I have a cleint with a Amex charge with a dla of 9/12. The charge off account is not having to much of an affect on his credit score due to the fact that its over six years old.
My problem is that the charge off is still showing terms of a minimum payment due every month. This is effecting my cleints debt to income ratio.
Any idea why it is this way? Do charge off account still have a minimum payment due?
A chareg-off does not discharge the debt, and the creditor can continue to bill and attempt collection as normal provided they have not sold the debt.
It is an internal accounting measure that does not prevent the creditor from continued billing.
It is not just the monthly min billing that affects util and debt to income, it is the entire delinquent debt.
Perhaps the OP is referring to a mortgage app. In that case only the min payment is used for debt to income.
and also only if it is due monthly. Charge offs are not due monthly
Charge Off does not remove the debt. Certain states such as North Carolina require creditors to charge their stuff off after so many month's they are behind. Its not really a good thing to have ,and typically if you negotiate with them they can change the remarks, and remove the payments. Ask them for a PAID IN FULL Settlement offer.
Se excuse my ignorance here, but what is a charge off?
Very good question. The only reason I know anything about this is because I helped an individual help remove the impact of this. I thought it was a closed account at first.
Apparently its a responsiblity thing for the credit card company. Like say you have a Secured Card through you're local bank, and you have $200 limit, and charge $500, and never pay it back or breach the terms. They will close the card.
I am assuming its something to do with it being late. They will not change the Charge Off, But will report a zero dollar balance, and thats typically what a creditor would like.
I see, thanks for the explanation.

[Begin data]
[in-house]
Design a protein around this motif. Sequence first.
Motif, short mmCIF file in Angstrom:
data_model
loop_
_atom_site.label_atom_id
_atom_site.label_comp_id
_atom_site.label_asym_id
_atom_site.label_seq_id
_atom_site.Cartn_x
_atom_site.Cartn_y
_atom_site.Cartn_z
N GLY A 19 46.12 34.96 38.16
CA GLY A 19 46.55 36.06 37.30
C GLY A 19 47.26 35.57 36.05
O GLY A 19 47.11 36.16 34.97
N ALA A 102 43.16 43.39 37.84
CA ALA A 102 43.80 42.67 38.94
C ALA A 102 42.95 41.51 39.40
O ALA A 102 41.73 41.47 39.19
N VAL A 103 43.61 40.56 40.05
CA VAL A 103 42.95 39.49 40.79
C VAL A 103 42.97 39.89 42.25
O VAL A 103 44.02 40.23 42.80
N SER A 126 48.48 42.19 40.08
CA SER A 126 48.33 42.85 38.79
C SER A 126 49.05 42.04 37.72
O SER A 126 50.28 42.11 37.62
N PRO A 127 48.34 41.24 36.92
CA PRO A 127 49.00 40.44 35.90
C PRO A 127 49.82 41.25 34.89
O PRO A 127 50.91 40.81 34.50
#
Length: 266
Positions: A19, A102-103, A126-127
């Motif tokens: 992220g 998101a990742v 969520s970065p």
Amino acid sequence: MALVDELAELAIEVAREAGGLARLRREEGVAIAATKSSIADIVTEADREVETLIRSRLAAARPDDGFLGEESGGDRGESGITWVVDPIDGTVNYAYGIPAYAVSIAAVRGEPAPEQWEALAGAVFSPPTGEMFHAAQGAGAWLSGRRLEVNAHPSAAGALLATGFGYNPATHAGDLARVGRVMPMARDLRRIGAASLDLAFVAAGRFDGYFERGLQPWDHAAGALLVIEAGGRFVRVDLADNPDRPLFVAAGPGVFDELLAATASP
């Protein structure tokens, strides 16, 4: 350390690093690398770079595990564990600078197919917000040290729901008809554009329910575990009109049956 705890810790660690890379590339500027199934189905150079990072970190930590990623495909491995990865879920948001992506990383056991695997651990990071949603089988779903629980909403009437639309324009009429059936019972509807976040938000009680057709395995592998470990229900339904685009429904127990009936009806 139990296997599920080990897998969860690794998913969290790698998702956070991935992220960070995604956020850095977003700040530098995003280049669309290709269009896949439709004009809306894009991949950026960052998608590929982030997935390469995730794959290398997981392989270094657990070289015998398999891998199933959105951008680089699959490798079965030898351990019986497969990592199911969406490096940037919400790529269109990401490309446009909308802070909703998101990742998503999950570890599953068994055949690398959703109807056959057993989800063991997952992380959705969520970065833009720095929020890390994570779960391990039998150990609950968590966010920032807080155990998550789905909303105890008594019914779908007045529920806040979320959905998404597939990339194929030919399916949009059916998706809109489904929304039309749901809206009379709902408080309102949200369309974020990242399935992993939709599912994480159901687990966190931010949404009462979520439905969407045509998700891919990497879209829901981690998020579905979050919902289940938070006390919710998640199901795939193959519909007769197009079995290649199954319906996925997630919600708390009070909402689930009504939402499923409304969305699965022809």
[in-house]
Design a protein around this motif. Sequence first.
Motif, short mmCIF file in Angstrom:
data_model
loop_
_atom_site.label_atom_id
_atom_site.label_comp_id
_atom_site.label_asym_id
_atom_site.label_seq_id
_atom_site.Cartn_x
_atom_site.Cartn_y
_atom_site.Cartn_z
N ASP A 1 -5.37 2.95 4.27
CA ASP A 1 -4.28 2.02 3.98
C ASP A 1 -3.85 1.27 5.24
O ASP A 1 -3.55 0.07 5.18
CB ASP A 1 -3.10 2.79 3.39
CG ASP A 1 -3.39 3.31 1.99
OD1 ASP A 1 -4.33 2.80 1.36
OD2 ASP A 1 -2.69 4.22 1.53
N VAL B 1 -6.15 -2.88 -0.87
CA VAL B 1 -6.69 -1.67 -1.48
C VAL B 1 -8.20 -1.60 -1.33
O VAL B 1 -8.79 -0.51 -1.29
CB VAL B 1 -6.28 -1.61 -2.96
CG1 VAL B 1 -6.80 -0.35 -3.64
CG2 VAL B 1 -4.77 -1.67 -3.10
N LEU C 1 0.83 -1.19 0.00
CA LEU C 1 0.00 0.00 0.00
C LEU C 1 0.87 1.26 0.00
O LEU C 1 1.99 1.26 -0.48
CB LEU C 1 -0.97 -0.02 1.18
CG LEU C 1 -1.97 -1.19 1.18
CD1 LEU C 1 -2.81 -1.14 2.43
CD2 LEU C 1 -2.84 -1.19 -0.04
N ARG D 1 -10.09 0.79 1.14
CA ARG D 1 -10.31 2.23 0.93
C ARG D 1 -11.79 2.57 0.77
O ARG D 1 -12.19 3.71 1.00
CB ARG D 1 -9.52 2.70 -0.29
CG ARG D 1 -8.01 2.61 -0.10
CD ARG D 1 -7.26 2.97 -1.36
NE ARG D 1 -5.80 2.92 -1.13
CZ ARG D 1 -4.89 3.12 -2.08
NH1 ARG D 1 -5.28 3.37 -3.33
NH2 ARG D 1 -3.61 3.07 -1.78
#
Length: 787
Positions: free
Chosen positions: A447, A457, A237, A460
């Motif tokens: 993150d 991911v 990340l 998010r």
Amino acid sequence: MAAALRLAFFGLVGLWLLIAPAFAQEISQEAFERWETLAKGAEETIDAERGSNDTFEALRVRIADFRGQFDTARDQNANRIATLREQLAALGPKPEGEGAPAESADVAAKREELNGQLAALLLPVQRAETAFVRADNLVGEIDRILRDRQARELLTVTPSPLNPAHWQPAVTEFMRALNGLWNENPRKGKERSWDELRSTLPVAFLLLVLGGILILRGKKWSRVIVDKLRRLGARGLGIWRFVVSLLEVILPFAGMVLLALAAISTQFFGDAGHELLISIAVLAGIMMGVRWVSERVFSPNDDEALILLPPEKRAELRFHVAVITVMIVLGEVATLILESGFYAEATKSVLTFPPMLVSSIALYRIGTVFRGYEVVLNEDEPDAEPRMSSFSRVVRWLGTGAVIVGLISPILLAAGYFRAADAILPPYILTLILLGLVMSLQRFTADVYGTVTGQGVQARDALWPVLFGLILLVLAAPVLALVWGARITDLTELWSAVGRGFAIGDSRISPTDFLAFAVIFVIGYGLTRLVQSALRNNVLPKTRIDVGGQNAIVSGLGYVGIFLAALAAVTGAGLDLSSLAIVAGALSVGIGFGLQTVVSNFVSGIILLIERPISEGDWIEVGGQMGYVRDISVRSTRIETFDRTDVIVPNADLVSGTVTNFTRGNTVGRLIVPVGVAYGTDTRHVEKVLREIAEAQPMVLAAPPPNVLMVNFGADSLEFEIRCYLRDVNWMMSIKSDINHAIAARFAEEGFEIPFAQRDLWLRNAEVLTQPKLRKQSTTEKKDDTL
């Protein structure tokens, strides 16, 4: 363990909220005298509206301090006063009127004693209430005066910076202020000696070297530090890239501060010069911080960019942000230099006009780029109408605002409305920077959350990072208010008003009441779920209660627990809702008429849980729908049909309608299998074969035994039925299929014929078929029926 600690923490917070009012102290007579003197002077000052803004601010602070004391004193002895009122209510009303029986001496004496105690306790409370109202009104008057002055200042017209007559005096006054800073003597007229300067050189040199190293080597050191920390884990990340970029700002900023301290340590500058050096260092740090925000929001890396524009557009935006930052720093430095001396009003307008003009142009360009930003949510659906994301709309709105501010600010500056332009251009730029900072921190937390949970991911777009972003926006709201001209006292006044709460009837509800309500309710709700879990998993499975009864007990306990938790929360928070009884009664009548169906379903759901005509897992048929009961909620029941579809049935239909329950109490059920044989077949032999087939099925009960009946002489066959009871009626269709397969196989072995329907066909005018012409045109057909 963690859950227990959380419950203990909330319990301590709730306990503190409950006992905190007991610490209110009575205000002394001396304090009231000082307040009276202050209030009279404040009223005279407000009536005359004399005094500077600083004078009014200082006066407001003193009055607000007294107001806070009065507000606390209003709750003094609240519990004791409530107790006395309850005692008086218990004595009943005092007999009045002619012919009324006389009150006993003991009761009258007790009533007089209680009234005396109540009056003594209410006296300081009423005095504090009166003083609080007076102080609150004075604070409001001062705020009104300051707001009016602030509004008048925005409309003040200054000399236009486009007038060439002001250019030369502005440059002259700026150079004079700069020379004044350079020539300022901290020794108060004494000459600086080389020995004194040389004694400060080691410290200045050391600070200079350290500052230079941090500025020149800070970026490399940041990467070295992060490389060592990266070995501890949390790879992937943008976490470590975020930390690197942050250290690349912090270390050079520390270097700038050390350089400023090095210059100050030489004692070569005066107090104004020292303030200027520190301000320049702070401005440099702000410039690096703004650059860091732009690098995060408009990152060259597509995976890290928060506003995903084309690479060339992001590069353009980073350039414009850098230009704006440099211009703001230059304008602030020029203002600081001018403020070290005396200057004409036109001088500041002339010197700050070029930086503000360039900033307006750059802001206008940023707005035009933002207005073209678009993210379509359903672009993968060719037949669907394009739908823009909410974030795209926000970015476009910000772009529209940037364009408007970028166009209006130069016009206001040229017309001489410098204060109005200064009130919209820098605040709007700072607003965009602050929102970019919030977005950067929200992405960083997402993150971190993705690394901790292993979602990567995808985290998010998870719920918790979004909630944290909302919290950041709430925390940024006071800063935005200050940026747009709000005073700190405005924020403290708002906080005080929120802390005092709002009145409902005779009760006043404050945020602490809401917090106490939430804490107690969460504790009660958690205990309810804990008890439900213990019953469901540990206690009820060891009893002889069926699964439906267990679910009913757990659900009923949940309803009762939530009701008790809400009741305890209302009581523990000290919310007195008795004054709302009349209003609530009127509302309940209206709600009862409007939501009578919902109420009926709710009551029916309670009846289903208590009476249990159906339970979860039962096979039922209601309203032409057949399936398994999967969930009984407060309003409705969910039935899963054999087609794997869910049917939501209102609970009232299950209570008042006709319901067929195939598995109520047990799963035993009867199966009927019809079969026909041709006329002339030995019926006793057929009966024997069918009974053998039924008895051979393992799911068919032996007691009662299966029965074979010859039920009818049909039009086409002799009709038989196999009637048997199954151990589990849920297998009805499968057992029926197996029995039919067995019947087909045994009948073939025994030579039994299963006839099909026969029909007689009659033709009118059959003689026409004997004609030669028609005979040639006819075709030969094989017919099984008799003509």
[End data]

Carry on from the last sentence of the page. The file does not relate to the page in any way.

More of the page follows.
A charge-off is an internal accounting measure that is taken by creditors, and often required by federal regulation, that moves a delinquent debt from the receivable assets column of their accounting books over into a "bad debt" column that is not included as an asset.
The intent of requiring creditors to charge-off unreceived assets that have reached the stage of delinquency where they are no longer reasonably expected to be paid by the consumer is to protect shareholders and potential investors from overstatement by creditors of their "real" assets. Carrying a high amount of accounts receivable assets that remain unpaid, and are not reasonably expected to be paid, can decieve others as to the real value of the creditor, and is a measure intended to protect the public from financial mistatements.
Federal regulations require large creditors and lending institutions to normally charge delinquenct installment loans for profit and loss once they reach 120 days late, and revolving accounts, including credit cards, at 180-days late.
Taking of a charge-of does not discharge any of the debt, and the consumer remains liable for the entire amount, and the creditor or their assigns or heirs can continue to attempt to collect the entire amount.
Unpaid, charged-off debt can be deducted by creditors from their assets when filing income taxes, and thus offer a tax writeoff benefit.